The geological evolution of the London Basin and its response to neo-tectonics includes so many aspects of science and engineering that no one should be excluded from participating in the project.
At a regional scale it looks as if the Basin could be a beautifully investigated prototype for similar situations elsewhere, where the tectonic response of basement rocks has affected the development of its cover. This includes the response of the region to glacial loading and unloading, including the 'bulge' that might have developed south of the glaciers, and the reactivation of weaker lines within the basement with their expression at ground level, where they have been eroded by flowing water to create the landscape of the Thames tributaries as we know them now.
At a medium scale it is possible that facies changes in the latter stages of the Mesozoic, and within the Cenozoic might reflect such movements in the basement. Above sea level it is possible that a correlation can be seen with the development of weathering and drainage patterns. Synthetic radar scans also suggest Recent vertical movements that could be related to lineaments in the basement.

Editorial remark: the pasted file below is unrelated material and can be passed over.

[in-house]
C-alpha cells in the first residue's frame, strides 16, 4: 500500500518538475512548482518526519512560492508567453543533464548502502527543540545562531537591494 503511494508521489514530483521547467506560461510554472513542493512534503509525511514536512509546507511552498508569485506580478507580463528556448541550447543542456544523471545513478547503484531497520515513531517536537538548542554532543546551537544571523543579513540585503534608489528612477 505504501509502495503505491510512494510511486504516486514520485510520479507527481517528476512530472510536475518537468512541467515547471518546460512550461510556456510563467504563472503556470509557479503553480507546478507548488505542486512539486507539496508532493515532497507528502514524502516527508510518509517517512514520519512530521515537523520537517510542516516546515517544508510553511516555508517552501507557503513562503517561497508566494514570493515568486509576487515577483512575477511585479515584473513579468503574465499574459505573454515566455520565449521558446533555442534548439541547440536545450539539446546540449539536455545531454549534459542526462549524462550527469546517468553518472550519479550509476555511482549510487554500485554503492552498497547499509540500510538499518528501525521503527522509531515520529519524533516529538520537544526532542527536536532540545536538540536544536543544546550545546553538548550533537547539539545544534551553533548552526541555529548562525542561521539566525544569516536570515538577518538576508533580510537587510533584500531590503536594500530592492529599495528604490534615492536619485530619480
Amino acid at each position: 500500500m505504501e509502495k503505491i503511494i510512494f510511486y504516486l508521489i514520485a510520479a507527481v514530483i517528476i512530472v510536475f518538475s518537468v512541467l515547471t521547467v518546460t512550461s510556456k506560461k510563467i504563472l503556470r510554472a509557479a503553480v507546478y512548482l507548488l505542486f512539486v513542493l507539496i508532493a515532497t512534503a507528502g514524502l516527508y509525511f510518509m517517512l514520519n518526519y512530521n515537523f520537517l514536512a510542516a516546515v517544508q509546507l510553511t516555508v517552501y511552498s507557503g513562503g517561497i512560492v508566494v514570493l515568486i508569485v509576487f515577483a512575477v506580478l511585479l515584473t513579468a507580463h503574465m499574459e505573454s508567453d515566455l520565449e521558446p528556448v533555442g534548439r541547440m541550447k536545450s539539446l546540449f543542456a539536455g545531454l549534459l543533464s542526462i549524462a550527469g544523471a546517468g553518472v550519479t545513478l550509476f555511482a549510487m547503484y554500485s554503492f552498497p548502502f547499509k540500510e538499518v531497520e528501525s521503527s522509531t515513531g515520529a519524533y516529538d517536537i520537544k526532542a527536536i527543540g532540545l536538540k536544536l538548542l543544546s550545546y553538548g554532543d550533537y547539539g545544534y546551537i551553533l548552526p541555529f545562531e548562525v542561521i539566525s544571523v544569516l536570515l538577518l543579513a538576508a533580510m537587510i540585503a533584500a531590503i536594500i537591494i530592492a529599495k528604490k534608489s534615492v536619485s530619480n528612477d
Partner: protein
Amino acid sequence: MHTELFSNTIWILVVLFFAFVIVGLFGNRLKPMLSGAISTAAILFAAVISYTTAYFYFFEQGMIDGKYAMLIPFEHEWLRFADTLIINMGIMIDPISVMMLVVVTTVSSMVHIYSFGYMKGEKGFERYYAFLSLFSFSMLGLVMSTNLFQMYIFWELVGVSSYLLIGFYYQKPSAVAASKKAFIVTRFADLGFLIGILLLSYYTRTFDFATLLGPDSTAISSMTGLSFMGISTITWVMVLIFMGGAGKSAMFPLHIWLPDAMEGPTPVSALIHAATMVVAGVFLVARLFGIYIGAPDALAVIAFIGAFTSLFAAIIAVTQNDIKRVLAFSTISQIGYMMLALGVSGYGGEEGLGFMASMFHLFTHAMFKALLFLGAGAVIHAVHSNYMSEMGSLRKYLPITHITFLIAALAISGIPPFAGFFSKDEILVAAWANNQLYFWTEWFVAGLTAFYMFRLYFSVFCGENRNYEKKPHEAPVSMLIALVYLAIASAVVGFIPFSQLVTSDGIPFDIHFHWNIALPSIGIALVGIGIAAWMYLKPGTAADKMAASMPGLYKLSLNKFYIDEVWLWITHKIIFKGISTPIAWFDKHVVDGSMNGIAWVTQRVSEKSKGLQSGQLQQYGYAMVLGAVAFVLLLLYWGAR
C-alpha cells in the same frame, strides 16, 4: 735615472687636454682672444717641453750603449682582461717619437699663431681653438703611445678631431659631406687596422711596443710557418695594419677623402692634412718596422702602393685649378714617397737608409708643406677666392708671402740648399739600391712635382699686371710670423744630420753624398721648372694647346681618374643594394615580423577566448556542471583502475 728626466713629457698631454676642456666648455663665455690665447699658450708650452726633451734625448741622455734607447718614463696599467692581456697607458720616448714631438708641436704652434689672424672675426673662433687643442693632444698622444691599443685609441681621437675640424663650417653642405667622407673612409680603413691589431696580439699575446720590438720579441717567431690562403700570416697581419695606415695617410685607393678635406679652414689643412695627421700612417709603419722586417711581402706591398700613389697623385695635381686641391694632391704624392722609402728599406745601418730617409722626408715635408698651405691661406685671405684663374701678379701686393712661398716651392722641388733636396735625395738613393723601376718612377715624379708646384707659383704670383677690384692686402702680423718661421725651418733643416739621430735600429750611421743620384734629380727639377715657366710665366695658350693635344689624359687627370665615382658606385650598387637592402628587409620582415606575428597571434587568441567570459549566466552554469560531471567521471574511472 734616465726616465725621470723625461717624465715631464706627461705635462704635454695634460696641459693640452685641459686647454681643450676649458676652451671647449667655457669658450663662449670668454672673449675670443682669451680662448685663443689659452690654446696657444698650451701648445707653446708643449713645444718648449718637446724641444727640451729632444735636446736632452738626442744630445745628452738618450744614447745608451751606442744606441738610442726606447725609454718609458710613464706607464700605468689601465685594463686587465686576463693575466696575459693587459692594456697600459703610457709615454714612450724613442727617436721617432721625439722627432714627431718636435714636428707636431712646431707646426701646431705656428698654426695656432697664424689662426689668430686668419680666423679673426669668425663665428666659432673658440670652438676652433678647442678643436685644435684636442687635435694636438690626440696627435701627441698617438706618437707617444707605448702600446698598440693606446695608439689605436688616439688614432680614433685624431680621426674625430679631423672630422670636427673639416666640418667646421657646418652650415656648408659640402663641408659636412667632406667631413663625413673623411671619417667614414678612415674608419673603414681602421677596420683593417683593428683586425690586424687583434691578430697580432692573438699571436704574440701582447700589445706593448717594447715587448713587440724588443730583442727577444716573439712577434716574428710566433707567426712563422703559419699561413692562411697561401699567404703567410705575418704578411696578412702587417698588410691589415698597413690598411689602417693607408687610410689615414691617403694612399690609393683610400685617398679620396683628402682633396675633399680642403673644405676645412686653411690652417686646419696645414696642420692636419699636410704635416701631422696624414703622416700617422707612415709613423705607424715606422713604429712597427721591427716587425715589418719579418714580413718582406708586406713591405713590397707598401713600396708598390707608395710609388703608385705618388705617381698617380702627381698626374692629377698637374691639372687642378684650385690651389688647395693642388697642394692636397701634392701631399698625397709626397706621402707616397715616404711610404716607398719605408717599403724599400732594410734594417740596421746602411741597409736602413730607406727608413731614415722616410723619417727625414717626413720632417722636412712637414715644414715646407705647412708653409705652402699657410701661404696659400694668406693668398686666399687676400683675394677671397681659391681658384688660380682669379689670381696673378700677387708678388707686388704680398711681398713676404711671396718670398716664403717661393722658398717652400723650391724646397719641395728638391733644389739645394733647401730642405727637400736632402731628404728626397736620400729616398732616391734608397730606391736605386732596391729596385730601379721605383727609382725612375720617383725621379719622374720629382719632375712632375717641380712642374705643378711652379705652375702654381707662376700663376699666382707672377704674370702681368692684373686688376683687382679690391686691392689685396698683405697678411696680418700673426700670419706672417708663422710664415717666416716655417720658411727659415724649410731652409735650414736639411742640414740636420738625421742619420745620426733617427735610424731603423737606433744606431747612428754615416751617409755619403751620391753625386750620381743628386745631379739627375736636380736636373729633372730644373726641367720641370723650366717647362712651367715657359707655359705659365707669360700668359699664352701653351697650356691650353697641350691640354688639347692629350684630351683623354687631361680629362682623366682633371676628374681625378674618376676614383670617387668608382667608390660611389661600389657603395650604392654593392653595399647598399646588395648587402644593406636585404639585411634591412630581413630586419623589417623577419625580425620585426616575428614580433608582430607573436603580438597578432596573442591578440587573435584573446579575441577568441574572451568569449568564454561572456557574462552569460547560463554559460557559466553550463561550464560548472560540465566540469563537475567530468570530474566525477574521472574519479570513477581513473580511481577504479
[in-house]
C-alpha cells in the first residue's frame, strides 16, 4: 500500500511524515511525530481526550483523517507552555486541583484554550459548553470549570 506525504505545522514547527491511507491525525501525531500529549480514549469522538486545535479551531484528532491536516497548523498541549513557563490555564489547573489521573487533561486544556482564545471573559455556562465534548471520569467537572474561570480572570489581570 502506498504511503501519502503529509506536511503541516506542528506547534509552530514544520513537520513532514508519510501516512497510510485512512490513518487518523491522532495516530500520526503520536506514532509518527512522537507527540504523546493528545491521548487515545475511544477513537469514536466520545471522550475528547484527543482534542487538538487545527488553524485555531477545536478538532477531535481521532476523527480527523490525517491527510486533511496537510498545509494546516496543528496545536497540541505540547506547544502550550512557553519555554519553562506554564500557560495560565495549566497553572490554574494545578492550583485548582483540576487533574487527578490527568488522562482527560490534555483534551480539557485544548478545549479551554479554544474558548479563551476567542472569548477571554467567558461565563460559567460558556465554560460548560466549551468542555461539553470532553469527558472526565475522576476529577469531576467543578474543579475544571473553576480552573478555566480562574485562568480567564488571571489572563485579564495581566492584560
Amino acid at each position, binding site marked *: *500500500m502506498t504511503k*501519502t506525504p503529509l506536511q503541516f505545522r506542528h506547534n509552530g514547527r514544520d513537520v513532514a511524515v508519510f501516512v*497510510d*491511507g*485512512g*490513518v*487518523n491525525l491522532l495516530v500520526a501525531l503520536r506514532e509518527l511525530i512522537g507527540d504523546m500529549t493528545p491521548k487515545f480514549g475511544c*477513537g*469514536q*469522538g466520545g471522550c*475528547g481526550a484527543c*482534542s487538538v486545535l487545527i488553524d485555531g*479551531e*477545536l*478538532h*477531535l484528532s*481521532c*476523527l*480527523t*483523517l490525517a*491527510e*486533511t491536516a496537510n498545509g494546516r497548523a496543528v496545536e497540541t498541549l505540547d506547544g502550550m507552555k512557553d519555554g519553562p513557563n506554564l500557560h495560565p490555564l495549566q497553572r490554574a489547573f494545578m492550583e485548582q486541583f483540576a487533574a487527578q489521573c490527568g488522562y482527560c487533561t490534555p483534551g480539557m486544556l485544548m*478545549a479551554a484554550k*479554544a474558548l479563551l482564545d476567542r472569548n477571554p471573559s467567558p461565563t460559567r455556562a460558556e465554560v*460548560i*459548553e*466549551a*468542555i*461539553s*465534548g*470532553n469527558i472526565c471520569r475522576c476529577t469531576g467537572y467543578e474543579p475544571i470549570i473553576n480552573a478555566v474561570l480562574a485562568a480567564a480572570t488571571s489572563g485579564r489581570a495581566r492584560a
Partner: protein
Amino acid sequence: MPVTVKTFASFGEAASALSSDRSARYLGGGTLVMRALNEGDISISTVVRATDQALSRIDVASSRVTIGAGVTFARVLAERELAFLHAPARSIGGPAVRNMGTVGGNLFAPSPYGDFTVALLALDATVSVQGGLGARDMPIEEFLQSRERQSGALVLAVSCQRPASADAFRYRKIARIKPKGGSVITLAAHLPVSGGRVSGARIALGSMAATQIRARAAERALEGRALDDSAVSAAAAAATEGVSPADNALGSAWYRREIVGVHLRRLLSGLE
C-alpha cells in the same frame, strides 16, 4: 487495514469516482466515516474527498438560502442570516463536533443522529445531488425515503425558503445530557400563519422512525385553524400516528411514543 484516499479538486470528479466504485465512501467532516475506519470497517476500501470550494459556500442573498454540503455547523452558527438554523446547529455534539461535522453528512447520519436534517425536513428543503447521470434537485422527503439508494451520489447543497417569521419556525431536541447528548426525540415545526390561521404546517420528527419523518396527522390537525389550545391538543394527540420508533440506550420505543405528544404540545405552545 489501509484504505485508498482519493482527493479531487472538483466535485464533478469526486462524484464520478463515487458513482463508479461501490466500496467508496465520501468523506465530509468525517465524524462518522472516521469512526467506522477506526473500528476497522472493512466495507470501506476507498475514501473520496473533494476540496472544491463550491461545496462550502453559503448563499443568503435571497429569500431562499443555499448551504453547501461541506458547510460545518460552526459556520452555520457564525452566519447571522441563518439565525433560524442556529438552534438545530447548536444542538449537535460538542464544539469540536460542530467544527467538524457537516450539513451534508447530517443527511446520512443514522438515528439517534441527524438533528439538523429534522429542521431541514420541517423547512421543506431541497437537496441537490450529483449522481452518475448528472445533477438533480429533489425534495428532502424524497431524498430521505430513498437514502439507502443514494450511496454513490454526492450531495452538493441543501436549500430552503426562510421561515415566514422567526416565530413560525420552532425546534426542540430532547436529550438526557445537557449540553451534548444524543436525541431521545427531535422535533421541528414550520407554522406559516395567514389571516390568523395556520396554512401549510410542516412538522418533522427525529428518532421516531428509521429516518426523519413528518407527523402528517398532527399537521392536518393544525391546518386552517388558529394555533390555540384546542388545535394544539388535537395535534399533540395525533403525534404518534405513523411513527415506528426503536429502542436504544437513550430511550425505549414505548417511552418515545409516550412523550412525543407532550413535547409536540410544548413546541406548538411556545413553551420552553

At a local scale there is already evidence that certain periglacial features such as pingos, appear to have developed along structural lines, possibly utilising hydraulic pathways provided by faults at depth that were disturbed by glacial loading and impressed themselves through their cover.
Thus the experiences of many disciplines within geology have a contribution to make. Nothing has been said here of palaeontology, the environment, groundwater and the response of man in London to rising sea levels, and many other subjects.
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